Milwaukee Journal Sentinel political columnist Ernst-Ulrich Franzen argues that the state should take over Milwaukee County's pension system. Clearly, the Milwaukee system is beyond repair and, like every other county in Wisconsin, it ought to be run by the state's heralded system, he writes.
Writing on the Marquette University Law School blog, Alan Borsuk says the university's latest poll gives a vivid look into polarized political perceptions. He examines the intricacies of professor Charles Franklin's poll and notes how sharply divided Republicans and Democrats are on most every issue. And he notes that they not only disagree on the issues, but the facts as well.
On Right Wisconsin, George Mitchell posts an ode to state Sen. Leah Vukmir, the Brookfield Republican, for playing a key role in saving school choice for Wisconsin. Mitchell recounts a battle between Vukmir and then West Allis GOP Sen. Tom Reynolds. Vukmir got Reynolds to blink, he writes.
Urban Milwaukee's data wonk Bruce Thompson wonders if the U.S. Supreme Court will actually rule on Wisconsin's gerrymandered legislative and congressional districts. He says that even though the court has agreed to hear the case, it has a propensity to hand the issue back to district courts to make the decisions on individual cases.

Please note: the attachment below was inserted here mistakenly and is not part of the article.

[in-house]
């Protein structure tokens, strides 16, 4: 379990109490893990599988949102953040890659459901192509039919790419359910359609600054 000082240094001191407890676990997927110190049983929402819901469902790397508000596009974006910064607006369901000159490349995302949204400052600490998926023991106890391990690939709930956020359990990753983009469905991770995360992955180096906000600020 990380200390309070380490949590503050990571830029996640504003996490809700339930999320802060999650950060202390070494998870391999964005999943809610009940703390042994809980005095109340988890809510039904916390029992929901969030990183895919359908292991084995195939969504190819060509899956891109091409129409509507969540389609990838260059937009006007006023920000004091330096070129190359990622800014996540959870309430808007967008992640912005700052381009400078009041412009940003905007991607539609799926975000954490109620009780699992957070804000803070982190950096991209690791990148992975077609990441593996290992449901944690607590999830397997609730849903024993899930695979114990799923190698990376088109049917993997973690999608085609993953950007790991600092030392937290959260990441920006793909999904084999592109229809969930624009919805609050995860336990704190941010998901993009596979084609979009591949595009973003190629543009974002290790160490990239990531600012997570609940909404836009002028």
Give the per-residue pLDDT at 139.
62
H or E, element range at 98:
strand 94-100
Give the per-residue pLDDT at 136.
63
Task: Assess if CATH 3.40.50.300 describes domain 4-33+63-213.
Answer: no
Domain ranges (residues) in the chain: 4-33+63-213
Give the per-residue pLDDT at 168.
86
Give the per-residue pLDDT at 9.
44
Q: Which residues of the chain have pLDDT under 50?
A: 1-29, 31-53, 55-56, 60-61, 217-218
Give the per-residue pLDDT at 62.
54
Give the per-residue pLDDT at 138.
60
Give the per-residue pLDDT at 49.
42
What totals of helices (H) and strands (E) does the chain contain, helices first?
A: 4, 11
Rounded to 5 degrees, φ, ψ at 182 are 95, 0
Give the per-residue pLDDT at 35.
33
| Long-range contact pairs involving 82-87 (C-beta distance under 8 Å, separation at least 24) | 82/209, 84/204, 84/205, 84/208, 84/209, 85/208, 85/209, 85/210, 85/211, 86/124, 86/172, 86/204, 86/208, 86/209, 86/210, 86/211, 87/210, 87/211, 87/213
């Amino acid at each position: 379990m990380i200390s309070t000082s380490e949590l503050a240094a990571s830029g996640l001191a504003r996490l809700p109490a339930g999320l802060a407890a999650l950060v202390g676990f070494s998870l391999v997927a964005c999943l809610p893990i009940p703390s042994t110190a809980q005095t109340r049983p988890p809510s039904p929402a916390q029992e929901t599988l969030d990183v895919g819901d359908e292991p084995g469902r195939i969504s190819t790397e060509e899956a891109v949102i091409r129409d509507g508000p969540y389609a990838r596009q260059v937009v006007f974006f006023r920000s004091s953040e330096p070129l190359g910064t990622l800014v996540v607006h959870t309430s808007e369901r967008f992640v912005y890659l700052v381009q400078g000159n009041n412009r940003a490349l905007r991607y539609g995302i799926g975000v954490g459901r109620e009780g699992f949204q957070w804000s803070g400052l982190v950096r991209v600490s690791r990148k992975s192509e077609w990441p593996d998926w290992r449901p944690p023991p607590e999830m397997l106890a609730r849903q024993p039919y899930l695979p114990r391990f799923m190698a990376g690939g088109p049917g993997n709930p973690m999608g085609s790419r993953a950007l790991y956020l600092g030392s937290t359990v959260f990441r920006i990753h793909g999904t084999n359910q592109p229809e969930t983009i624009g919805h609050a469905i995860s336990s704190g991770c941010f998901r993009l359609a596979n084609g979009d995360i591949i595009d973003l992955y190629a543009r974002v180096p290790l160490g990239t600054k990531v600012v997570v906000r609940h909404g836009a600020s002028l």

Milwaukee blogger Chris Liebenthal takes a swipe at state, county and city leaders over the news that Milwaukee has been rated the sixth worst place to live in the country. He blames Scott Walker, County Exec Chris Abele and Mayor Tom Barrett for their inadequate leadership in addressing the problems that face Wisconsin's largest city.
There's only one question that reporters and constituents should ask Sen. Ron Johnson over the Fourth of July weekend, and that is "explain this contradiction of your own making," writes James Rowen on his Political Environment blog. Rowen's referring to a statement earlier this week Johnson made when denying that there's a cutback to Medicaid in the Senate's health care budget. Then the next day the Congressional Budget Office noted that 22 million people would lose their health coverage.
Madison's rightie blogger David Blaska comments on the "crime at Culver's" in Madison this week, saying "this one is different." He wonders if this black-on-white crime will bring out the latent racism that Barack Obama and progressives claim lurks in the heart of white people.
In a column for the Green Bay Press-Gazette, Alex Galt of Green Bay argues that what we need in Wisconsin is BadgerCare for all. The small-business owner favors a proposal brought forward by Green Bay state Rep. Eric Genrich which would allow any Wisconsinite, regardless of income, to buy health insurance through BadgerCare. This would eliminate the practice of a few health insurers manipulating the market, he adds.